By: Owen Coggins

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Released on June 24, 2016 via Sepulchral Productions

A much-anticipated return from one of the most exciting bands in one of the most exciting localities for black metal this century: Forteresse give us their fifth album Thèmes pour la Rébellion. Their first record in five years is certainly a riotous jolt of spectacular heaviness. The opener is a 45-second ambient something-or-other, with distant-sounding muffled effects of muskets and shouting and commotion and whatnot. Footsteps clomp across creaky floorboards… so far so predictable. But then the sound changes, clarifies: it becomes obvious that a war is going on outside, and a cabin door is being defiantly opened, the chaos determinedly entered into. And then seconds later, of course, the wild and energetic wall of frenetic sound drops, a waterfall curtain of pattering noise which explodes into the fire of madness depicted on the cover.

Immediately present is the distinctive dull puttering of the endless blastbeats, stuttering away, mesmering like the spokes of a spinning bike-wheel. The effect of the infinite but breakneck regularity is to sort of swerve you away into intoxication, the beat matched with the claw-raising, piercing riffs familiar from Forteresse recordings since the definitive Metal Noir Quebecois. Vocalist Athros is (as if this should even be possible) more furious than ever, giving an aggressive bite to the lines and supplying some great intuitive moments like the disgusted/spent outburst at the end of ‘Spectre de la Rebéllion’. The punctuated rhythm of the vocal line combined with the guitar harmonics in ‘Là où Nous Allons’ the second track proper, gives an echo of the archaic imagined French folkiness that the band are so fixedly invested in, before the halfspeed drum section allows the guitar line to waver more freely like flickering flames.

It’s another supreme display of the signature Forteresse sound, one that continually interferes with whatever I’m doing to make me turn the volume up again and again and stare out the window, scanning the clouds for the imminent arrival of the Chasse-Galerie, the flying canoe of Quebecois folklore that also appears prominently in local black metal iconography. The genius of the band’s style is that they’ve come up with a way of sort of making smoothed out layers of sound from incredibly spiky and jagged components, without lapsing into ambient fluffy fuzziness — even their comparatively ambient album Par Hauts Bois Et Vastes Plaines has a properly gritty and grainy feel. The music on Thèmes pour la Rébellion feels like its shaking with energetic rage, yet somehow simultaneously allows an epic melodic atmosphere; the blastbeats can even evoke a sort of snowfall effect despite their smashing force. That’s not to call the drumming simplistic; in fact there’s great subtlety, such as in the unpredictable accents on different beats throughout ‘Par la Bouche de Mes Canons’ or XXX- but those different points of emphasis and flourishes are always on top of a breakneck pace of beats that make you feel like you’re getting double vision after being hit in the head.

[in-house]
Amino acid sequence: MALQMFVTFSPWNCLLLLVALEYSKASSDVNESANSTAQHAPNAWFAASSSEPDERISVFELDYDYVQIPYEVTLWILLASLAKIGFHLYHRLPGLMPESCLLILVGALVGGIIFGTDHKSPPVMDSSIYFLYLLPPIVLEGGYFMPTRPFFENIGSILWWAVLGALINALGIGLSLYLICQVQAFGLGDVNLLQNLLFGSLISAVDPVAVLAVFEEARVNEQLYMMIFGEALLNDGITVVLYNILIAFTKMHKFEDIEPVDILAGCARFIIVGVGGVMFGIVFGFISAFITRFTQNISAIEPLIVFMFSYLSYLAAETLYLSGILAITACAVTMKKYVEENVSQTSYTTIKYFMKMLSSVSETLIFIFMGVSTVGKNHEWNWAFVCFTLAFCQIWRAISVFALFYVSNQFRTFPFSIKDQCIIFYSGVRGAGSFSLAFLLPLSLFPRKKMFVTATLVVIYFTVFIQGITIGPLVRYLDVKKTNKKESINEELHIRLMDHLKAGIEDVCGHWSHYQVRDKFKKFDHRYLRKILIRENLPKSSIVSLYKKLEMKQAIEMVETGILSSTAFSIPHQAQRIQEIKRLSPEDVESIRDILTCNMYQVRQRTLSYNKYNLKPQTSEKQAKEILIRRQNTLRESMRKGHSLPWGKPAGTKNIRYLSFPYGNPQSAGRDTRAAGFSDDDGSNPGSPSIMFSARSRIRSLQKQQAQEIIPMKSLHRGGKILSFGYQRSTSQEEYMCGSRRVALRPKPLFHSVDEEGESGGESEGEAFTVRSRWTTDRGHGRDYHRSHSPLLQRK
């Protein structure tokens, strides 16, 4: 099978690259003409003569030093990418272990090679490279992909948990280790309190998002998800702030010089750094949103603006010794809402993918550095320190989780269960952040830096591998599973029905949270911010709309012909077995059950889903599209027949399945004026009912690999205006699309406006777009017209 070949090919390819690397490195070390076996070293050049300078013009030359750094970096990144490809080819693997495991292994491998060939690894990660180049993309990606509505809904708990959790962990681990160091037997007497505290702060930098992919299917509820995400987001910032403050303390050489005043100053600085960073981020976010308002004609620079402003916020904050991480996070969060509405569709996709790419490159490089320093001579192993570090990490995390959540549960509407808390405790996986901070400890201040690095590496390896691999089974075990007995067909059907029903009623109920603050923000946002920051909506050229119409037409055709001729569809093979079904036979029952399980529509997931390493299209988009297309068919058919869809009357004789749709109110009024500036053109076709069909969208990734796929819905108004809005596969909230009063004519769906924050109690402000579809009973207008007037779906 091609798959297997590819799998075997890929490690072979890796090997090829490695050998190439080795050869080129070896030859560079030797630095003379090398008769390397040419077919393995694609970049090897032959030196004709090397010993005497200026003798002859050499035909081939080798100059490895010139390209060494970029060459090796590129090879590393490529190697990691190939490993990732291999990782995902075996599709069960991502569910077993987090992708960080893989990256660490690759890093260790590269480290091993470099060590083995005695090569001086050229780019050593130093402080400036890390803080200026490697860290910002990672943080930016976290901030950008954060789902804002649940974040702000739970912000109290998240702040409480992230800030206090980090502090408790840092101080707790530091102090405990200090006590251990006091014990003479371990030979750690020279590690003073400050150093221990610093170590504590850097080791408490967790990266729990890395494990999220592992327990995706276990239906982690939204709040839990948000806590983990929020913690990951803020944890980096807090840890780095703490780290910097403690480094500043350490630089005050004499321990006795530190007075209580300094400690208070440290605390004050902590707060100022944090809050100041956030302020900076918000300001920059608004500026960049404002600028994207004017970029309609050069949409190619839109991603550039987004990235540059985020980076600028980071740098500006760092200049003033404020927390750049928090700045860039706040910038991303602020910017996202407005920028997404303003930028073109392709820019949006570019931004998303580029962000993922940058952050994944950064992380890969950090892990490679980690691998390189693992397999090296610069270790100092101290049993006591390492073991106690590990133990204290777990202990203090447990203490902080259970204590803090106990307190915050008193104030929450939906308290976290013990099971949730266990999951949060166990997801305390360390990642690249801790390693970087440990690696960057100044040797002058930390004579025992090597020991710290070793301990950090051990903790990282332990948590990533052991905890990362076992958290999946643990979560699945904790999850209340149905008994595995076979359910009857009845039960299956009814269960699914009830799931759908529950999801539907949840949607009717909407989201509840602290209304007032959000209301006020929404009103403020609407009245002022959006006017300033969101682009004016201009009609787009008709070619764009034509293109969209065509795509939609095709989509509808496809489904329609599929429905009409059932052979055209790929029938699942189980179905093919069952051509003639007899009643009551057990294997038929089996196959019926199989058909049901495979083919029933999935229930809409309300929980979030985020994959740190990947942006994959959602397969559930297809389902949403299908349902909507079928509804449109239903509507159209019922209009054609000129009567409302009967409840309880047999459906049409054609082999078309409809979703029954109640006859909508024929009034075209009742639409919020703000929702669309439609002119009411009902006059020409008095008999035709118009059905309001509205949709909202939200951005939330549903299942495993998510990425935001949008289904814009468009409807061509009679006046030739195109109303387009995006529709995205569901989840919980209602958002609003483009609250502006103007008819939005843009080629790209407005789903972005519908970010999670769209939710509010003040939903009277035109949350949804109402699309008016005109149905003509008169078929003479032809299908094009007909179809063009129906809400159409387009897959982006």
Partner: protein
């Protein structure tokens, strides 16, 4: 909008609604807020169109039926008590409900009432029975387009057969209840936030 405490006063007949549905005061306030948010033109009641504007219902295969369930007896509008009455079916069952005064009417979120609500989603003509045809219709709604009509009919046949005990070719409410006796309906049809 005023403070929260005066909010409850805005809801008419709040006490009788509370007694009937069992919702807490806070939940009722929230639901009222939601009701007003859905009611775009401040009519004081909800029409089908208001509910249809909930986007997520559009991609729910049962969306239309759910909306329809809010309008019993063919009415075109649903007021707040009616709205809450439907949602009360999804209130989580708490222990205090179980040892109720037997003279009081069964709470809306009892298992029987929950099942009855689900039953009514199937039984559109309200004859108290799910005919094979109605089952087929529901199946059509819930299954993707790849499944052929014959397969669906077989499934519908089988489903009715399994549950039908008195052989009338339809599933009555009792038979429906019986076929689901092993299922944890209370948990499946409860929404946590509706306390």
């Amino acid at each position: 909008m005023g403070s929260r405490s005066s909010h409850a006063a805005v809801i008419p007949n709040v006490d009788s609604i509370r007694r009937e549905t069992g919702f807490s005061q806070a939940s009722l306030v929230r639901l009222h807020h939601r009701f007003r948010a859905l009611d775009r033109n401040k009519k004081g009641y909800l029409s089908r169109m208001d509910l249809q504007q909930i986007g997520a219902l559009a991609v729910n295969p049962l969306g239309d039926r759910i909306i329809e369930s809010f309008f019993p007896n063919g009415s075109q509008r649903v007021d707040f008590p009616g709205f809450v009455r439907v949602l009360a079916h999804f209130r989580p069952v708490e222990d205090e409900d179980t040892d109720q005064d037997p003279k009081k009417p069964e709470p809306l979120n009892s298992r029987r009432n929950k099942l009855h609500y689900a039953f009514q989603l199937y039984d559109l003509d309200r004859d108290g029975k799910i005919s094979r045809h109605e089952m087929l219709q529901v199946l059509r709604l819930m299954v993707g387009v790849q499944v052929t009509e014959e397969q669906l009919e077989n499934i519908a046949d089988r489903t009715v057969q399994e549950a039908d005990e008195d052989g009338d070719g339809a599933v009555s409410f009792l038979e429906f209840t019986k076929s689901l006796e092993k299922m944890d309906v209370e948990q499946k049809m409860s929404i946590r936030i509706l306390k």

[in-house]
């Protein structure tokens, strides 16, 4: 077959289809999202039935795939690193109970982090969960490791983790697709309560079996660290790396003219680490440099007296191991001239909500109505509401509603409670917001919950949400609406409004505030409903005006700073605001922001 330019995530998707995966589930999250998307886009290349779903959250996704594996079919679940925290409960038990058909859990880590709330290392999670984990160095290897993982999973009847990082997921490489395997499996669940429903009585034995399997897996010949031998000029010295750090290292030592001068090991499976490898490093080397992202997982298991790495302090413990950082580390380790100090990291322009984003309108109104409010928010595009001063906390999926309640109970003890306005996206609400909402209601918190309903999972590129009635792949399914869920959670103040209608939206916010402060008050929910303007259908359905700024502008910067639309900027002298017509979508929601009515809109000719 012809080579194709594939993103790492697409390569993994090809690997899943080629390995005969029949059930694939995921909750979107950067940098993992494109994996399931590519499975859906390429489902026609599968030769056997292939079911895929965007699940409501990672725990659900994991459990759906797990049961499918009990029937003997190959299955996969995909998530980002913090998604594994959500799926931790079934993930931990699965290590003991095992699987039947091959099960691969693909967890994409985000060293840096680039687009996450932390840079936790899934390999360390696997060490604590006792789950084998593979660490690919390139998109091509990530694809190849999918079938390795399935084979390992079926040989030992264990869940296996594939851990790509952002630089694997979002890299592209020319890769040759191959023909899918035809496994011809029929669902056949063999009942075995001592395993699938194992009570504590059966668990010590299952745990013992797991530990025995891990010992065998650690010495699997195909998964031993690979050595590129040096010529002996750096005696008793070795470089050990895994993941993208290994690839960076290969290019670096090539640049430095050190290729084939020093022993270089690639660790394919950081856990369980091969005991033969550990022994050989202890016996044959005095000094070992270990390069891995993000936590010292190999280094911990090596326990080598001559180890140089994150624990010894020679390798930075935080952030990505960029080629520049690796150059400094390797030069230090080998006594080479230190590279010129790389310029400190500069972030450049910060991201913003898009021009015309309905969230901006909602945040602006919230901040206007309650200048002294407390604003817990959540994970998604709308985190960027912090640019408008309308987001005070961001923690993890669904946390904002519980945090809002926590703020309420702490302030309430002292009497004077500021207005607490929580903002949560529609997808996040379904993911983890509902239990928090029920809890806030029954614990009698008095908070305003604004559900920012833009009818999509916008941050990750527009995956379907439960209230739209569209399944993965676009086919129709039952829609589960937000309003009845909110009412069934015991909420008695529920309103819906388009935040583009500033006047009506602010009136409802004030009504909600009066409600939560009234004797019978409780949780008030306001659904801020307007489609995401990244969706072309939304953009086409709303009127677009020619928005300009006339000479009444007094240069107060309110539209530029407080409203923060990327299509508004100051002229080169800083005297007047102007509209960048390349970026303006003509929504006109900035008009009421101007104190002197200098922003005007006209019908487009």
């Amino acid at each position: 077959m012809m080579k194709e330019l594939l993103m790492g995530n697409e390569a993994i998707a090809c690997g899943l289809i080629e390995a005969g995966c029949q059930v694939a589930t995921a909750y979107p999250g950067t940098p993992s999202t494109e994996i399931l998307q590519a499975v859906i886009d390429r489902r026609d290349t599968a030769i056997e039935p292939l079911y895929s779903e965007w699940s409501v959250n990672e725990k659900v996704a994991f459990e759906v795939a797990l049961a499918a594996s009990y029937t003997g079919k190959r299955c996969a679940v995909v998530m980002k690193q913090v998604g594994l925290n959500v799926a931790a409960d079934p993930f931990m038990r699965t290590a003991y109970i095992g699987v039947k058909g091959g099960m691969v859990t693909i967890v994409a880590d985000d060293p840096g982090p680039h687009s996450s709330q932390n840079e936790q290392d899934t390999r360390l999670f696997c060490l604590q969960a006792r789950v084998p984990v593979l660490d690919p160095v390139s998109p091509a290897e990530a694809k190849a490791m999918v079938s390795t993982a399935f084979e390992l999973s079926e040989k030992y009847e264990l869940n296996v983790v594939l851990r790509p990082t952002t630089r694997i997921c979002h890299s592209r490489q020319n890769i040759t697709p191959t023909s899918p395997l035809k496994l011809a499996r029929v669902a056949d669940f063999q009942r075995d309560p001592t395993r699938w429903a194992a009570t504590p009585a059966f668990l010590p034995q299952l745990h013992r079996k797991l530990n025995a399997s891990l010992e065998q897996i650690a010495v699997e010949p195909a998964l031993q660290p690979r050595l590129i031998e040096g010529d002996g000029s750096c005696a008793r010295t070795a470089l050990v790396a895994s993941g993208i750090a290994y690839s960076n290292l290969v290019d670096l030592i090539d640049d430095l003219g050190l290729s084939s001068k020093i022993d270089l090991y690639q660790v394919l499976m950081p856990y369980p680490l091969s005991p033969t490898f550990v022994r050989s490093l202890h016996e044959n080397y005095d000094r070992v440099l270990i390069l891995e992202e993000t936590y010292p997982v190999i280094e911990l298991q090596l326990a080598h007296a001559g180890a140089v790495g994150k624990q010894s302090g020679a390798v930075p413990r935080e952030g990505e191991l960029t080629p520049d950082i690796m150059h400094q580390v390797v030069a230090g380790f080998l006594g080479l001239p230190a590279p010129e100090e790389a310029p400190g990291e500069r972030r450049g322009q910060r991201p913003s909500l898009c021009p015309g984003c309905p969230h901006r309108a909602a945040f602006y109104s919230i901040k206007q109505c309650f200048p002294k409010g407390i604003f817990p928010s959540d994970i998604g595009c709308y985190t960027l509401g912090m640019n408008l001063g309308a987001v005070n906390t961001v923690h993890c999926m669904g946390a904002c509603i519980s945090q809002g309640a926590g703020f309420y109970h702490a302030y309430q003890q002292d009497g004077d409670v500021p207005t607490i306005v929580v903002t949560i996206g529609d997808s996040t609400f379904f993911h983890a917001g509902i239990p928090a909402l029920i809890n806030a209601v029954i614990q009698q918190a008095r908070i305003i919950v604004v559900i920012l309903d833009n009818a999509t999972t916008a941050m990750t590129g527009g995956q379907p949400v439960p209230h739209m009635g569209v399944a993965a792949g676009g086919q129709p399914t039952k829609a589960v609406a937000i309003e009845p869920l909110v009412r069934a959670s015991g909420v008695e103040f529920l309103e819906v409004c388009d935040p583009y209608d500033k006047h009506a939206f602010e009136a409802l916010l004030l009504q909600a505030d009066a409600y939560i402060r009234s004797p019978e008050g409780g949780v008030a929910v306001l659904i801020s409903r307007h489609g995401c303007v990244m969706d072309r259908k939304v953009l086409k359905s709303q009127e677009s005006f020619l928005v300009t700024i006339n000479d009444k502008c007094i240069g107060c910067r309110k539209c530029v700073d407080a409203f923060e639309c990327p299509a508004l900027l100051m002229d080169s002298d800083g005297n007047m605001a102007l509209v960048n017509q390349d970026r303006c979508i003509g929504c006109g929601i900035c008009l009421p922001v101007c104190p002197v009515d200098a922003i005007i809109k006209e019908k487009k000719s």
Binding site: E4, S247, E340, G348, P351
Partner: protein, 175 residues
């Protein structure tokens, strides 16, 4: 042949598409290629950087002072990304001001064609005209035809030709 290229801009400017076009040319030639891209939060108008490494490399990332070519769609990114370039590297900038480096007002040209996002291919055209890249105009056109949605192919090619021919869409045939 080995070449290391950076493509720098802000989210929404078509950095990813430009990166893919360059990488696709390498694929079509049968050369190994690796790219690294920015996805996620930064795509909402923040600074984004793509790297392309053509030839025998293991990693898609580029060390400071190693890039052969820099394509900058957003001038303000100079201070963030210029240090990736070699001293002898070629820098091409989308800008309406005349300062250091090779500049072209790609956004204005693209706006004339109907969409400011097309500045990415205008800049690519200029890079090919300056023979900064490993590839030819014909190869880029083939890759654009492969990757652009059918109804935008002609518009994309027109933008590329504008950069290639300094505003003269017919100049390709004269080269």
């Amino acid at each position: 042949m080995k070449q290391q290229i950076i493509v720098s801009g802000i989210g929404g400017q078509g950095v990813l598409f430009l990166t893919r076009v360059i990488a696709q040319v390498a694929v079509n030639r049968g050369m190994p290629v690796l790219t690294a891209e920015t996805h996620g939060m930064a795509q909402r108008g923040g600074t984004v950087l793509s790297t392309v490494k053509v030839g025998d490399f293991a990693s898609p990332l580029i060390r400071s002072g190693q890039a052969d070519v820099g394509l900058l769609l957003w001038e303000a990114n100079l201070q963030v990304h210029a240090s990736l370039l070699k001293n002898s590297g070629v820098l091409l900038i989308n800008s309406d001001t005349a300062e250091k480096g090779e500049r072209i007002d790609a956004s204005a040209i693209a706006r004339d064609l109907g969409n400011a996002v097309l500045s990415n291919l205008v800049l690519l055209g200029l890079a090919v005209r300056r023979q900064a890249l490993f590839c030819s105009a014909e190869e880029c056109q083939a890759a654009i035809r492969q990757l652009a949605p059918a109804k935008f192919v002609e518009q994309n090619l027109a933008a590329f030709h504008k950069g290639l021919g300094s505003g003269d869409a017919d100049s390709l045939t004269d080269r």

What this unique sound means, especially with the relentless drumming style, is that a full album can feel a bit like an unforgiving wall. So there are often additions, segues or interludes to break up the endless impenetrable blizzard. Part of the impact of the band’s iconic first album arises from the intros for three of the songs, where excerpts of Quebec folk fiddle are sharply guillotined by an avalanche of guitar and drums, some of the most hilariously severe drops in any metal. On other Forteresse records, there are crunching snowy footsteps and uneasy bird croaks (which, I swear, actually attracted two crows to my window on one listen). In this new album, they’ve opted in one or two tracks to go for a kind of voiceover theme to vary the sound. No doubt this is narrating some glorious episode of patriotic fervour from the historical battle for the homeland or whatever, but the slightly unfortunate effect is of a news reporter giving an self-aggrandisingly dramatic running commentary straight to camera, microphone in hand, while the battle of eighteen-hundred-and-something rages in the background. To nitpick about this is a very minor point, though, and I only ended up describing it since it’s the only wrong note for me in a great collection, a majestic new addition to the canon of Forteresse albums (now numbering five, all brilliant in my view).

The final track treads more familiar black-metal-outro territory, with howling wind and the suggestion of snowdrift crunch. But it’s more engaging than some of the featureless ambient wastes you find at the nether end of some underground releases, with a mournful, almost prog-guitar-tinged slow melody returning elliptically, tuneful but somehow suggesting absence like an ignored wind chime. In all, between the intro which is so descriptive of entering the chaotic fray, and this final elegy, there are six full-on tracks of monstrous pattered beating and buzz-picking, machine-riffing, fist-waving chord progressions. Overall it’s an absolutely thunderous new release, and the band have clearly spent the last five years storing up fury to be released in a flood of expansive riffs, spitting galloping hoofbeat rhythms and vocal chants and growls equally poignant and epic.

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